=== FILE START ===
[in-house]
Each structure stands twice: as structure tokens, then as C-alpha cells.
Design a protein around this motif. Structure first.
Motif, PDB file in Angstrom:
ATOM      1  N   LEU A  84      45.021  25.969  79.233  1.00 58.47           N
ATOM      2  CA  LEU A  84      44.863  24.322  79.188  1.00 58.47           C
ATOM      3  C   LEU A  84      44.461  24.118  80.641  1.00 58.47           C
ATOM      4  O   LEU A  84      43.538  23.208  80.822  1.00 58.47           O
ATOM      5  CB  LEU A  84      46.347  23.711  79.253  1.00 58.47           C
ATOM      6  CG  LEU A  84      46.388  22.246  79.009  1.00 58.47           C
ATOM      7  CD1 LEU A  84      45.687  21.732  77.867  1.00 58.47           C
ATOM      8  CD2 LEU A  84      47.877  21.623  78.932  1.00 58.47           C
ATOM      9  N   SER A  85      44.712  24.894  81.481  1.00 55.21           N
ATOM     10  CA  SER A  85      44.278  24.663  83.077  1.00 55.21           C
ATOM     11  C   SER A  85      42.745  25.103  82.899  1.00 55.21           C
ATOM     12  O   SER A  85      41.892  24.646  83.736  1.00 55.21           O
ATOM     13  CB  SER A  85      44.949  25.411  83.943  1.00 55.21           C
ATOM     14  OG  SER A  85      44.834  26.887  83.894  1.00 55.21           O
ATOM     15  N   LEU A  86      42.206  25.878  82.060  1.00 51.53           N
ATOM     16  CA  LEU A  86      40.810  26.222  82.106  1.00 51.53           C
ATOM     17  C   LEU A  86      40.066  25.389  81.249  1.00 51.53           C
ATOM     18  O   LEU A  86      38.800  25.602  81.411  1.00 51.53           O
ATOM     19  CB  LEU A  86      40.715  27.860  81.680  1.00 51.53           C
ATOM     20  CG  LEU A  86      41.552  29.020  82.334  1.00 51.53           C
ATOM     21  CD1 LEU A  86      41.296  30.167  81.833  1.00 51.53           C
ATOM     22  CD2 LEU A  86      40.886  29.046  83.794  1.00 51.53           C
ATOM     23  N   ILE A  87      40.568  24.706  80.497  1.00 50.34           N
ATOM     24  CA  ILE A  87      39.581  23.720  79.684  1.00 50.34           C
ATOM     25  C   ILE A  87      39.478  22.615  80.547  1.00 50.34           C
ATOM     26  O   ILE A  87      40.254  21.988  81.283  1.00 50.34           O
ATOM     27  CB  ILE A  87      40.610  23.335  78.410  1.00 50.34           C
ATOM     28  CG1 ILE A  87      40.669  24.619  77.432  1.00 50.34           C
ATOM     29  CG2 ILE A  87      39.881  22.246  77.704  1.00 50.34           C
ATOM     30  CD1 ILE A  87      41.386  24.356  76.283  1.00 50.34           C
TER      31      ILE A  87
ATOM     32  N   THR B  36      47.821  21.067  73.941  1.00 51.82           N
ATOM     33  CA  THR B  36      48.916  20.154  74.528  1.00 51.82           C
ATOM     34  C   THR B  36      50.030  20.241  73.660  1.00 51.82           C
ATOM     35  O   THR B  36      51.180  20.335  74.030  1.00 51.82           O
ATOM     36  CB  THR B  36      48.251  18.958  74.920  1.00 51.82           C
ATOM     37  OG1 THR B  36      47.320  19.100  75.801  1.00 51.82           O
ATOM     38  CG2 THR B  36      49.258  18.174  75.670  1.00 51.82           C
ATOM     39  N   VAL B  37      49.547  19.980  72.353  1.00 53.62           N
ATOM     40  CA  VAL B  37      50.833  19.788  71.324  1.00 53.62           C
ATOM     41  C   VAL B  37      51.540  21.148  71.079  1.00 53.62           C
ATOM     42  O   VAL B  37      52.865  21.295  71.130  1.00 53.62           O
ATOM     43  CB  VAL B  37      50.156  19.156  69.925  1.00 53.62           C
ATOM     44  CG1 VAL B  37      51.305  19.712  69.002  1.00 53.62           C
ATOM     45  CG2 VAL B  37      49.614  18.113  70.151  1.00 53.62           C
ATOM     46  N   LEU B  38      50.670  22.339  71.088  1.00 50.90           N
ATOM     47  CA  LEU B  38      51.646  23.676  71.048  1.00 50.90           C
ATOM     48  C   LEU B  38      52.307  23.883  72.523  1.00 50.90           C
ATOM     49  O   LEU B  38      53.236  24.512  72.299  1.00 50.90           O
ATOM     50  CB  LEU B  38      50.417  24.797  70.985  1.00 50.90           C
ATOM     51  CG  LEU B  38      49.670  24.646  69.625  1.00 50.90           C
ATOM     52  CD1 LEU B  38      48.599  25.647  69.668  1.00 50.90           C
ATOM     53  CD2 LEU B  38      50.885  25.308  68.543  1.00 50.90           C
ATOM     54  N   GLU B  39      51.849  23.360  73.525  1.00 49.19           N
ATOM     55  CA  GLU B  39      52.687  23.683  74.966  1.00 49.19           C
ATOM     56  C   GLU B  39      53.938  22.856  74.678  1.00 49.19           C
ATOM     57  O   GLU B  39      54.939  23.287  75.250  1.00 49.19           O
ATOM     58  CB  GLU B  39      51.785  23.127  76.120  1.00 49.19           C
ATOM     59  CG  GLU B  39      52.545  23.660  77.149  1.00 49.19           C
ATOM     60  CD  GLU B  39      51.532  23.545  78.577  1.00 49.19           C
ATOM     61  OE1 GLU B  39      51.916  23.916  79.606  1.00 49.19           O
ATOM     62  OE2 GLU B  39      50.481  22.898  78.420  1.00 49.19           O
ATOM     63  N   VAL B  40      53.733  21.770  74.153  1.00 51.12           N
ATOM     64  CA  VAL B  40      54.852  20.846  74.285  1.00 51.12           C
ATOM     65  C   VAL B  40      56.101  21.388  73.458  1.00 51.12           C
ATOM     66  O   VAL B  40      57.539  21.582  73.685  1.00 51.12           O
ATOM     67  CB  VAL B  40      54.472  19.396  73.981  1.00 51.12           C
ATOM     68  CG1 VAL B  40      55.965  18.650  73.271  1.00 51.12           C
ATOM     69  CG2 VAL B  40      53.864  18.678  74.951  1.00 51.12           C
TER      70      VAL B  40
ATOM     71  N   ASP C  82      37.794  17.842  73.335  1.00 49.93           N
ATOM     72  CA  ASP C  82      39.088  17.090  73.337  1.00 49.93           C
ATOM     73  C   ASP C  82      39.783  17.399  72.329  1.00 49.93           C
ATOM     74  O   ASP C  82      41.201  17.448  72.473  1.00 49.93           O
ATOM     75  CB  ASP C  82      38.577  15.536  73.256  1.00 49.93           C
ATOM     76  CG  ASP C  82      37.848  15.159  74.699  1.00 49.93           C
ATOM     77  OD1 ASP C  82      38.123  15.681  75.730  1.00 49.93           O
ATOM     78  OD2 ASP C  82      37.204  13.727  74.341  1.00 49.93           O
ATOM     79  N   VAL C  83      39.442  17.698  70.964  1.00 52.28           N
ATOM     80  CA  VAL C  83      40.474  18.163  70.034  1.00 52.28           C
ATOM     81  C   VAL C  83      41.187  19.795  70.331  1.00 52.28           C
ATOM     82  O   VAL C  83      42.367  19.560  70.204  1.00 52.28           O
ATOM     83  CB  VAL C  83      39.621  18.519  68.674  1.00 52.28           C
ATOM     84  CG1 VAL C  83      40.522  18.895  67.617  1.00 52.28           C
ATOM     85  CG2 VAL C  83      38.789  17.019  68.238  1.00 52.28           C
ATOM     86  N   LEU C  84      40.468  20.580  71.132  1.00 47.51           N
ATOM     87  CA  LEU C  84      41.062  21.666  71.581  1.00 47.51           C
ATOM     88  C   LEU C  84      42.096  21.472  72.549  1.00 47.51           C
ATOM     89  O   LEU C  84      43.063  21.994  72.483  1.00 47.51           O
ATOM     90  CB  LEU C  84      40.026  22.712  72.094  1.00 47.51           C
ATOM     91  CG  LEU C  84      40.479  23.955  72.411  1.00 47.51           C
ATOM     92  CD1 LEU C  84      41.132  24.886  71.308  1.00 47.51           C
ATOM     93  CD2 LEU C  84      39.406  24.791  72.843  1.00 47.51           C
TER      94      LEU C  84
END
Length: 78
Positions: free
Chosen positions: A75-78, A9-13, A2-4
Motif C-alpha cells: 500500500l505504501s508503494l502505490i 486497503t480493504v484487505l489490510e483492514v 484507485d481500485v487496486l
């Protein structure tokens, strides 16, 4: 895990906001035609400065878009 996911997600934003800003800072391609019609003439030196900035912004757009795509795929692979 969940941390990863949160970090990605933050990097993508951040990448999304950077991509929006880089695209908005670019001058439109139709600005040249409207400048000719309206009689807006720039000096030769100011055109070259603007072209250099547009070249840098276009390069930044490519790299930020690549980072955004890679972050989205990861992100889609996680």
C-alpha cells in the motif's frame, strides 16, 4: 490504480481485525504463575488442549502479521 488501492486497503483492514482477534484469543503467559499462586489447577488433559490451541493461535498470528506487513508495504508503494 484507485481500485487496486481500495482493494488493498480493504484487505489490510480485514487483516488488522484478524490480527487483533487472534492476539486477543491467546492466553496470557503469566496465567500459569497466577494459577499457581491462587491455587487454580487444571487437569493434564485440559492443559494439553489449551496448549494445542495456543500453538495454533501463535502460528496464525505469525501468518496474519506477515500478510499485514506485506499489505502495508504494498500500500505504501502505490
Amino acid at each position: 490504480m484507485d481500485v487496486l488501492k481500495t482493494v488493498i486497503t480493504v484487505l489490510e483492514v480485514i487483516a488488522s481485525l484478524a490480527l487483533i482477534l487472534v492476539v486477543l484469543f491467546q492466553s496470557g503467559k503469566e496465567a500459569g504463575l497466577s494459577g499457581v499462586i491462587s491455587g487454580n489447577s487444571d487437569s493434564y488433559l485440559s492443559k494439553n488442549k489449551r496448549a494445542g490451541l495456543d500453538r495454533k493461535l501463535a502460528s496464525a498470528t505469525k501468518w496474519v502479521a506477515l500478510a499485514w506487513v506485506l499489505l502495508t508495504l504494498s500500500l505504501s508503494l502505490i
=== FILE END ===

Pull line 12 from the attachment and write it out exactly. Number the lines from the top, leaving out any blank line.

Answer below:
ATOM      8  CD2 LEU A  84      47.877  21.623  78.932  1.00 58.47           C